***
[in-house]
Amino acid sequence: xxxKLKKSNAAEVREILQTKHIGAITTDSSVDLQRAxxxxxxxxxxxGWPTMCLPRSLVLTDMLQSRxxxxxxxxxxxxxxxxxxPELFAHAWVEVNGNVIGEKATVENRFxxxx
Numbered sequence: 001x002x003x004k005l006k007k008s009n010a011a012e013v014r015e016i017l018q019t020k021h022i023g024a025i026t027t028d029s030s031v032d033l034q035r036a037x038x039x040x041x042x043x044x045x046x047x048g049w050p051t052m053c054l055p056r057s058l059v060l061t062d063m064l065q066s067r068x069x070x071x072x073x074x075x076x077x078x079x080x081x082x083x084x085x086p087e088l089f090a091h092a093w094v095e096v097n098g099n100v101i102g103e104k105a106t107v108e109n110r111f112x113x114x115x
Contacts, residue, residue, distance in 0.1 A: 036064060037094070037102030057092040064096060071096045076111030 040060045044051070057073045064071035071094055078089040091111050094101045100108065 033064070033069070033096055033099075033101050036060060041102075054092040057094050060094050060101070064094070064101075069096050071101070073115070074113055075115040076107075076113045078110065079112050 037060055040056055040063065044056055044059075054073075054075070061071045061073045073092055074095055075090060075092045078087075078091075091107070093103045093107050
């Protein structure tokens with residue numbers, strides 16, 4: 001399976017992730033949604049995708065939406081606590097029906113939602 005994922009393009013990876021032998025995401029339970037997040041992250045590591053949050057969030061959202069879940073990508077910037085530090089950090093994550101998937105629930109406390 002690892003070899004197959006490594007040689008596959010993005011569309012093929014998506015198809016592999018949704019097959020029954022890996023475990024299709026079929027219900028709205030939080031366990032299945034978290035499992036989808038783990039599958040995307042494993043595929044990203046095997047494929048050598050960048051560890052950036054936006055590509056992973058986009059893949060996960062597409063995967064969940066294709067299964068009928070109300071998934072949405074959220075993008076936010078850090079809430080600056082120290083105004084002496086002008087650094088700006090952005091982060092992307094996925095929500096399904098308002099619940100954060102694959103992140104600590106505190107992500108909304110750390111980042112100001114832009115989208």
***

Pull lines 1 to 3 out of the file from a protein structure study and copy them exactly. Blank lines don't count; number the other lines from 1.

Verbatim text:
[in-house]
Amino acid sequence: xxxKLKKSNAAEVREILQTKHIGAITTDSSVDLQRAxxxxxxxxxxxGWPTMCLPRSLVLTDMLQSRxxxxxxxxxxxxxxxxxxPELFAHAWVEVNGNVIGEKATVENRFxxxx
Numbered sequence: 001x002x003x004k005l006k007k008s009n010a011a012e013v014r015e016i017l018q019t020k021h022i023g024a025i026t027t028d029s030s031v032d033l034q035r036a037x038x039x040x041x042x043x044x045x046x047x048g049w050p051t052m053c054l055p056r057s058l059v060l061t062d063m064l065q066s067r068x069x070x071x072x073x074x075x076x077x078x079x080x081x082x083x084x085x086p087e088l089f090a091h092a093w094v095e096v097n098g099n100v101i102g103e104k105a106t107v108e109n110r111f112x113x114x115x